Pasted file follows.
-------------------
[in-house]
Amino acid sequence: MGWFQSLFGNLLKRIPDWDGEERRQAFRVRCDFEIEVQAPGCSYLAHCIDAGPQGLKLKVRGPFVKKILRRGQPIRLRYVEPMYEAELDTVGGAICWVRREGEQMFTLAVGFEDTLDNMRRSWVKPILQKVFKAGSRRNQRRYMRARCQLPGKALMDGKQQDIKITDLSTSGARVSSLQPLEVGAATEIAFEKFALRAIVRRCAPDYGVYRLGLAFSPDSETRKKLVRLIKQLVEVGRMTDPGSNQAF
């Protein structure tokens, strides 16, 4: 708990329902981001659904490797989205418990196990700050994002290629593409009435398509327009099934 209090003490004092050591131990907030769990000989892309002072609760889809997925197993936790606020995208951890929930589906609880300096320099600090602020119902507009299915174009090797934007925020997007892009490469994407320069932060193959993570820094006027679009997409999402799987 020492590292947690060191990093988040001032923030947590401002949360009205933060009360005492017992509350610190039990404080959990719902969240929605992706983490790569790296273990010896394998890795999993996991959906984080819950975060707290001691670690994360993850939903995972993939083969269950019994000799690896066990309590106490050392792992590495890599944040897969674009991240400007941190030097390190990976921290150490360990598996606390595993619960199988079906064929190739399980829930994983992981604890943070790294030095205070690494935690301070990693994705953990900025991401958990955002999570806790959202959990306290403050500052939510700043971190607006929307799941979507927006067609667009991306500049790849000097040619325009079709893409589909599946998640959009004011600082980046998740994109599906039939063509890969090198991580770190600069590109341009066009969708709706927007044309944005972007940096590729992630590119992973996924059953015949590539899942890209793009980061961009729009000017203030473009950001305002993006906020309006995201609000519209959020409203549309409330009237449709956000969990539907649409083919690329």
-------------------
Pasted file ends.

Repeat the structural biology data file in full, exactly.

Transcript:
[in-house]
Amino acid sequence: MGWFQSLFGNLLKRIPDWDGEERRQAFRVRCDFEIEVQAPGCSYLAHCIDAGPQGLKLKVRGPFVKKILRRGQPIRLRYVEPMYEAELDTVGGAICWVRREGEQMFTLAVGFEDTLDNMRRSWVKPILQKVFKAGSRRNQRRYMRARCQLPGKALMDGKQQDIKITDLSTSGARVSSLQPLEVGAATEIAFEKFALRAIVRRCAPDYGVYRLGLAFSPDSETRKKLVRLIKQLVEVGRMTDPGSNQAF
């Protein structure tokens, strides 16, 4: 708990329902981001659904490797989205418990196990700050994002290629593409009435398509327009099934 209090003490004092050591131990907030769990000989892309002072609760889809997925197993936790606020995208951890929930589906609880300096320099600090602020119902507009299915174009090797934007925020997007892009490469994407320069932060193959993570820094006027679009997409999402799987 020492590292947690060191990093988040001032923030947590401002949360009205933060009360005492017992509350610190039990404080959990719902969240929605992706983490790569790296273990010896394998890795999993996991959906984080819950975060707290001691670690994360993850939903995972993939083969269950019994000799690896066990309590106490050392792992590495890599944040897969674009991240400007941190030097390190990976921290150490360990598996606390595993619960199988079906064929190739399980829930994983992981604890943070790294030095205070690494935690301070990693994705953990900025991401958990955002999570806790959202959990306290403050500052939510700043971190607006929307799941979507927006067609667009991306500049790849000097040619325009079709893409589909599946998640959009004011600082980046998740994109599906039939063509890969090198991580770190600069590109341009066009969708709706927007044309944005972007940096590729992630590119992973996924059953015949590539899942890209793009980061961009729009000017203030473009950001305002993006906020309006995201609000519209959020409203549309409330009237449709956000969990539907649409083919690329």